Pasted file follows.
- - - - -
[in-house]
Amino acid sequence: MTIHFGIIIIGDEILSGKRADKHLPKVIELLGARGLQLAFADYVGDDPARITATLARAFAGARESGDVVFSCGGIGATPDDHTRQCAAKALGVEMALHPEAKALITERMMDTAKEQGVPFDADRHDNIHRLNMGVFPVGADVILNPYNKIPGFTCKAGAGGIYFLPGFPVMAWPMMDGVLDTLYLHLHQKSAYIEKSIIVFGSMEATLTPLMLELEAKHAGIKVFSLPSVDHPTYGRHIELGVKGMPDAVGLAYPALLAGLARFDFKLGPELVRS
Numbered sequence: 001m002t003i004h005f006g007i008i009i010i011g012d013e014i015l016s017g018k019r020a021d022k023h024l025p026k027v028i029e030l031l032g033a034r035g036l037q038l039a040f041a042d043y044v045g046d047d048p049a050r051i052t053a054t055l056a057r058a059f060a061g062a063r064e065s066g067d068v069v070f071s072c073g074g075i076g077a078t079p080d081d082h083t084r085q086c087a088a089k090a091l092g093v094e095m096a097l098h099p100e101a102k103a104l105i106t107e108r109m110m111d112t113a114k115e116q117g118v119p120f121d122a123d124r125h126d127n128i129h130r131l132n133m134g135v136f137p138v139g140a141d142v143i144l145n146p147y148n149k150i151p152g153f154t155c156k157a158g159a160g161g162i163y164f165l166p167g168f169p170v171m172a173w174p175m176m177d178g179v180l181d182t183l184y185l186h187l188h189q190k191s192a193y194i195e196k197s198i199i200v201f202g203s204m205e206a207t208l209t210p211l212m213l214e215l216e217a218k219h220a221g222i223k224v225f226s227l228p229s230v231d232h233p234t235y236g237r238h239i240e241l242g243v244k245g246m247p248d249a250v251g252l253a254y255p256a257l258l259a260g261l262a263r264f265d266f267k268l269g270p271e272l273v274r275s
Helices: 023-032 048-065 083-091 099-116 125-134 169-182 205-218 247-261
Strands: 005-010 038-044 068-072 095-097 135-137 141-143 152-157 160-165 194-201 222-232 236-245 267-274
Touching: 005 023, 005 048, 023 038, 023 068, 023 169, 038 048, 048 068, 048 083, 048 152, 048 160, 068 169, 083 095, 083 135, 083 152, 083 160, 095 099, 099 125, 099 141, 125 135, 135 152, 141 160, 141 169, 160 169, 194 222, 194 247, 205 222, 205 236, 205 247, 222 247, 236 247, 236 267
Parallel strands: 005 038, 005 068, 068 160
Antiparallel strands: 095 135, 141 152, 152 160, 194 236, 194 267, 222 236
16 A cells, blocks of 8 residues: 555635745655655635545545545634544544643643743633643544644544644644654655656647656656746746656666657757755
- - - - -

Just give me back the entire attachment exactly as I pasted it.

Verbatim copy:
[in-house]
Amino acid sequence: MTIHFGIIIIGDEILSGKRADKHLPKVIELLGARGLQLAFADYVGDDPARITATLARAFAGARESGDVVFSCGGIGATPDDHTRQCAAKALGVEMALHPEAKALITERMMDTAKEQGVPFDADRHDNIHRLNMGVFPVGADVILNPYNKIPGFTCKAGAGGIYFLPGFPVMAWPMMDGVLDTLYLHLHQKSAYIEKSIIVFGSMEATLTPLMLELEAKHAGIKVFSLPSVDHPTYGRHIELGVKGMPDAVGLAYPALLAGLARFDFKLGPELVRS
Numbered sequence: 001m002t003i004h005f006g007i008i009i010i011g012d013e014i015l016s017g018k019r020a021d022k023h024l025p026k027v028i029e030l031l032g033a034r035g036l037q038l039a040f041a042d043y044v045g046d047d048p049a050r051i052t053a054t055l056a057r058a059f060a061g062a063r064e065s066g067d068v069v070f071s072c073g074g075i076g077a078t079p080d081d082h083t084r085q086c087a088a089k090a091l092g093v094e095m096a097l098h099p100e101a102k103a104l105i106t107e108r109m110m111d112t113a114k115e116q117g118v119p120f121d122a123d124r125h126d127n128i129h130r131l132n133m134g135v136f137p138v139g140a141d142v143i144l145n146p147y148n149k150i151p152g153f154t155c156k157a158g159a160g161g162i163y164f165l166p167g168f169p170v171m172a173w174p175m176m177d178g179v180l181d182t183l184y185l186h187l188h189q190k191s192a193y194i195e196k197s198i199i200v201f202g203s204m205e206a207t208l209t210p211l212m213l214e215l216e217a218k219h220a221g222i223k224v225f226s227l228p229s230v231d232h233p234t235y236g237r238h239i240e241l242g243v244k245g246m247p248d249a250v251g252l253a254y255p256a257l258l259a260g261l262a263r264f265d266f267k268l269g270p271e272l273v274r275s
Helices: 023-032 048-065 083-091 099-116 125-134 169-182 205-218 247-261
Strands: 005-010 038-044 068-072 095-097 135-137 141-143 152-157 160-165 194-201 222-232 236-245 267-274
Touching: 005 023, 005 048, 023 038, 023 068, 023 169, 038 048, 048 068, 048 083, 048 152, 048 160, 068 169, 083 095, 083 135, 083 152, 083 160, 095 099, 099 125, 099 141, 125 135, 135 152, 141 160, 141 169, 160 169, 194 222, 194 247, 205 222, 205 236, 205 247, 222 247, 236 247, 236 267
Parallel strands: 005 038, 005 068, 068 160
Antiparallel strands: 095 135, 141 152, 152 160, 194 236, 194 267, 222 236
16 A cells, blocks of 8 residues: 555635745655655635545545545634544544643643743633643544644544644644654655656647656656746746656666657757755